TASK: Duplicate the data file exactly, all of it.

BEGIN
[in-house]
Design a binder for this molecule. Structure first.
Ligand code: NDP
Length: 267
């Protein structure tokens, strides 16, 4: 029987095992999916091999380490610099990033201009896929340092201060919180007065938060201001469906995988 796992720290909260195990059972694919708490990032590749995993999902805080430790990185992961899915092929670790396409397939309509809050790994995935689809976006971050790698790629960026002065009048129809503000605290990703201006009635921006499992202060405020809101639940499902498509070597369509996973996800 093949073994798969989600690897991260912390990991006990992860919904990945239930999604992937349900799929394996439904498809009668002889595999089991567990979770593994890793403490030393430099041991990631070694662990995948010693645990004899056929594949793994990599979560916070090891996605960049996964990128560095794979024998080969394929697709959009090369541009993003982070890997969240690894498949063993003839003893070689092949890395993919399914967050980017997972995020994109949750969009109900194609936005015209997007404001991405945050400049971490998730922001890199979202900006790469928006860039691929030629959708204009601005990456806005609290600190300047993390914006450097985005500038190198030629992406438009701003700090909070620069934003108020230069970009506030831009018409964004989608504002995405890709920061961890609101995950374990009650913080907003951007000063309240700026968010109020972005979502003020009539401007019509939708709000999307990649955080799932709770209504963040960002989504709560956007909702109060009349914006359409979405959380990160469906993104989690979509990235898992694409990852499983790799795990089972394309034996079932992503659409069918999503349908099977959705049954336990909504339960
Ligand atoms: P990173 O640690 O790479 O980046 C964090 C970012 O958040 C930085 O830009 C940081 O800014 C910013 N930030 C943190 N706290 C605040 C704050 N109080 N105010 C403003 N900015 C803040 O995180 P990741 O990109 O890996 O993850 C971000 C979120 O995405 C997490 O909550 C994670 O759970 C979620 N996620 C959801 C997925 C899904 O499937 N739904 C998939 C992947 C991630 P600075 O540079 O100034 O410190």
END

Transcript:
[in-house]
Design a binder for this molecule. Structure first.
Ligand code: NDP
Length: 267
């Protein structure tokens, strides 16, 4: 029987095992999916091999380490610099990033201009896929340092201060919180007065938060201001469906995988 796992720290909260195990059972694919708490990032590749995993999902805080430790990185992961899915092929670790396409397939309509809050790994995935689809976006971050790698790629960026002065009048129809503000605290990703201006009635921006499992202060405020809101639940499902498509070597369509996973996800 093949073994798969989600690897991260912390990991006990992860919904990945239930999604992937349900799929394996439904498809009668002889595999089991567990979770593994890793403490030393430099041991990631070694662990995948010693645990004899056929594949793994990599979560916070090891996605960049996964990128560095794979024998080969394929697709959009090369541009993003982070890997969240690894498949063993003839003893070689092949890395993919399914967050980017997972995020994109949750969009109900194609936005015209997007404001991405945050400049971490998730922001890199979202900006790469928006860039691929030629959708204009601005990456806005609290600190300047993390914006450097985005500038190198030629992406438009701003700090909070620069934003108020230069970009506030831009018409964004989608504002995405890709920061961890609101995950374990009650913080907003951007000063309240700026968010109020972005979502003020009539401007019509939708709000999307990649955080799932709770209504963040960002989504709560956007909702109060009349914006359409979405959380990160469906993104989690979509990235898992694409990852499983790799795990089972394309034996079932992503659409069918999503349908099977959705049954336990909504339960
Ligand atoms: P990173 O640690 O790479 O980046 C964090 C970012 O958040 C930085 O830009 C940081 O800014 C910013 N930030 C943190 N706290 C605040 C704050 N109080 N105010 C403003 N900015 C803040 O995180 P990741 O990109 O890996 O993850 C971000 C979120 O995405 C997490 O909550 C994670 O759970 C979620 N996620 C959801 C997925 C899904 O499937 N739904 C998939 C992947 C991630 P600075 O540079 O100034 O410190």